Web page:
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Poland: Bold Reforms Drive The Most Successful Transition Economy

  • Stuart Parrott



London, 19 November 1996 (RFE/RL) -- A new report published yesterday says the economy in Poland is expected to grow by a healthy 5.5 per cent this year, marginally down on last year but well ahead of the average growth rate of Western and Eastern countries.

The report, published by the Paris-based Organization for Economic Cooperation and Development, says that, in many ways, Poland "stands out as one of the most successful transition countries."

It says that average living standards rose very rapidly after 1989 and by last year stood at some 30 percent of the EU average or about half the level of its poorest members, Spain, Portugal and Greece. Polish wage levels have soared well above those of Slovakia and Hungary, standing on a par with (also much increased) levels in Czech Republic.

The report says the Polish economy will grow by about five percent a year in future, although full convergence of living standards with those of .Western Europe will still take "generations rather than years."

The strength of Poland's expansion is said to be a result of its rapid integration with Western Europe and into the world economy at large, a trend reflected in the upsurge of both its imports and exports.

By 1995, Poland's trade with EU countries represented 70 percent of its exports and 65 percent of imports. (Germany is by far its largest trade partner). Poland has also seen a revival of trade with countries of the former Soviet Union. Among the most "spectacular" increases were those of Polish exports of food and machinery to Ukraine and Russia.

But Poland's jobless rate has fallen only marginally and remained "uncomfortably high" at 12.5 percent in mid-1996 (Among European OECD countries, only Spain -- 23 percent -- and Finland -- 17 percent -- had higher unemployment.) Polish inflation also is a persistent problem, running at an annual rate of about 20 percent in mid-1996.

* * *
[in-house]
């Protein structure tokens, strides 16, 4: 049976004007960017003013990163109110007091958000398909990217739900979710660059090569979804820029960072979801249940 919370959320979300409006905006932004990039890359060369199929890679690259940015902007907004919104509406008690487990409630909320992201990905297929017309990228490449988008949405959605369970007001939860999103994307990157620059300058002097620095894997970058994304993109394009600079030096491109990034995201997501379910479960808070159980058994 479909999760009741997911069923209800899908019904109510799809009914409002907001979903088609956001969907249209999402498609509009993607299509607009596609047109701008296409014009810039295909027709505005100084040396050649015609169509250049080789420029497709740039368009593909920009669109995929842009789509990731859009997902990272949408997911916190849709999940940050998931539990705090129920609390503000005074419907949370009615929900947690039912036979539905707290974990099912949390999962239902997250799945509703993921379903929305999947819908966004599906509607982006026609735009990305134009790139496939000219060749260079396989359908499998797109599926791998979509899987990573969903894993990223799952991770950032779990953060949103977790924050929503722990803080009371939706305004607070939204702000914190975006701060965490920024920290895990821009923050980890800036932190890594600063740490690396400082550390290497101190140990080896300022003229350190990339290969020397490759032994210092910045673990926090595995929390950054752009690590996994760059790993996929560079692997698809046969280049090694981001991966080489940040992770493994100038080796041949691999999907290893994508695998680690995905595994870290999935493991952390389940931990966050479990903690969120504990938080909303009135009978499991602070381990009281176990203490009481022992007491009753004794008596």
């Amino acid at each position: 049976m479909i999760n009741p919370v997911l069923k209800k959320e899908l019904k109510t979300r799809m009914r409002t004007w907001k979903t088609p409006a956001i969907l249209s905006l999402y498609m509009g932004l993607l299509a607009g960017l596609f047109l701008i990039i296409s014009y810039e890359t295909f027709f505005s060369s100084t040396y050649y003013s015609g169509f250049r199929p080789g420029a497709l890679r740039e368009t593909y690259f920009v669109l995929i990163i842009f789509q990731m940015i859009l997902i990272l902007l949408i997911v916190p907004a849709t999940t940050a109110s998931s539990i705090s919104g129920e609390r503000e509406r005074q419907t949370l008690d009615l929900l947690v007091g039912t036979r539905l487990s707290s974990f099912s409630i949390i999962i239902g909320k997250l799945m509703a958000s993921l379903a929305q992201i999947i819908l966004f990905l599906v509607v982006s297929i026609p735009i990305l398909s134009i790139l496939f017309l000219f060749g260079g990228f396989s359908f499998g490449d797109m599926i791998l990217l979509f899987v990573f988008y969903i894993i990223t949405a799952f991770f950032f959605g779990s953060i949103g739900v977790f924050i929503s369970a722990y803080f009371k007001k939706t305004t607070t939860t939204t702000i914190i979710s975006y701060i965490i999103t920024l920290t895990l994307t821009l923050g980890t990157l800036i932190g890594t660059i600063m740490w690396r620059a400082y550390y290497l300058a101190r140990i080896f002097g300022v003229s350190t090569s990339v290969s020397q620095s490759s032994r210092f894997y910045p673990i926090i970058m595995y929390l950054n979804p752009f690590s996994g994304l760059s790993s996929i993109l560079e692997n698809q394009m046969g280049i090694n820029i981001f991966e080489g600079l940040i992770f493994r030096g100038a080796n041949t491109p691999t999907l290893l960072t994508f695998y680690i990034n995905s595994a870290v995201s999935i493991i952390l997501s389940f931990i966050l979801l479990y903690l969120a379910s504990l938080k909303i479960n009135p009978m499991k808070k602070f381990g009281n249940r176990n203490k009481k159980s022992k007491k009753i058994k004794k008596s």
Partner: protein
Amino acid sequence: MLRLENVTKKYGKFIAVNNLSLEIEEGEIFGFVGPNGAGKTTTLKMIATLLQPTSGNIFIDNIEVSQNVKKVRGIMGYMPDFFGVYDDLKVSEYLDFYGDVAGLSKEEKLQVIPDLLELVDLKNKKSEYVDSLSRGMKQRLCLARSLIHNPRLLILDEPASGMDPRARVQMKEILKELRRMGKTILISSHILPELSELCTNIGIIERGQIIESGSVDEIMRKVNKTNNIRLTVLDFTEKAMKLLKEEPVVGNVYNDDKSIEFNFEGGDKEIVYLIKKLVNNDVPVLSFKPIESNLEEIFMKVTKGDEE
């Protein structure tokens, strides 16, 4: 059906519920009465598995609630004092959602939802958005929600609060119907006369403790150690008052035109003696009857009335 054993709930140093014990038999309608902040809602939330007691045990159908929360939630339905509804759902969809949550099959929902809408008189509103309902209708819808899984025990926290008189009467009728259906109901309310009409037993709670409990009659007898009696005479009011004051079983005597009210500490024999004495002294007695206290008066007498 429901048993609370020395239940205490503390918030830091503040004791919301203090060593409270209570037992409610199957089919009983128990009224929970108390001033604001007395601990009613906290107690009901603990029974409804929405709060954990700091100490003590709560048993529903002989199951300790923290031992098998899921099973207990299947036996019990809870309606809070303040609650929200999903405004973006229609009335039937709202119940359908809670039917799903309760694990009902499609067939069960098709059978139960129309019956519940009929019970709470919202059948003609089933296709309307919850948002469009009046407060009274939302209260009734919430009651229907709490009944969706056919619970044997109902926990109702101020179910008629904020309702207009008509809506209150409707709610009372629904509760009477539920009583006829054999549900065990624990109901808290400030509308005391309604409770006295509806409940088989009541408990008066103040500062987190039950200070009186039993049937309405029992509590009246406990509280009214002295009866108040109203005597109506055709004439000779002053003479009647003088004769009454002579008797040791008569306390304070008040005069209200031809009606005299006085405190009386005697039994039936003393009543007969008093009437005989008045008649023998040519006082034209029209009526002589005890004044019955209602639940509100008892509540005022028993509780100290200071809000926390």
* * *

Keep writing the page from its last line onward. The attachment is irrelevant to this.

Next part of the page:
Poland's economic success is said to reflect the fact that it embarked on bold and comprehensive reforms early on, and that its financial policies were kept tight enough to ensure gradual disinflation.

Its recession was shorter and shallower than its neighbors, and its growth rate was faster. Its gross domestic product (GDP) overtook its pre-reform level in 1994-95, ahead of the other transition economies. As a result, Poland has been called the "soaring eagle of Europe."

But Poland's success should be kept in perspective. The report says per capita GDP last year was still only 15 percent of the EU average, or one-quarter of that of Spain (the EU country which by its geography, demography and importance of agriculture is closest to Poland).

The report attributes Poland's success to the dynamism of its private sector, including its "grey" economy. For tax-gathering reasons, this shadow economy now needs to be integrated into the official one.

The report also warns that the rate of new job creation will be barely sufficient to absorb the inflow of young people onto the labor market over the next few years. It calls government plans to bring down unemployment to single digit levels by the year 2000 "very ambitious."

The single most important reform is the overhaul of the pension system which now consumes 16 percent of Poland's GDP, a figure far exceeding that of neighboring countries. Given demographic trends, failure to embark on reform will store up serious problems.

The early 1990s saw a sharp increase in poverty. As growth resumed, unemployment peaked and household incomes picked up, polls show the population began to acknowledge improvements in their own and the country's situation. By last year, the number of "feel-good" answers given to pollsters exceeded the number of "feel-bad" ones.

The report concludes that the benefits of the Polish recovery are now spreading, and reaching the broad mass of the population.
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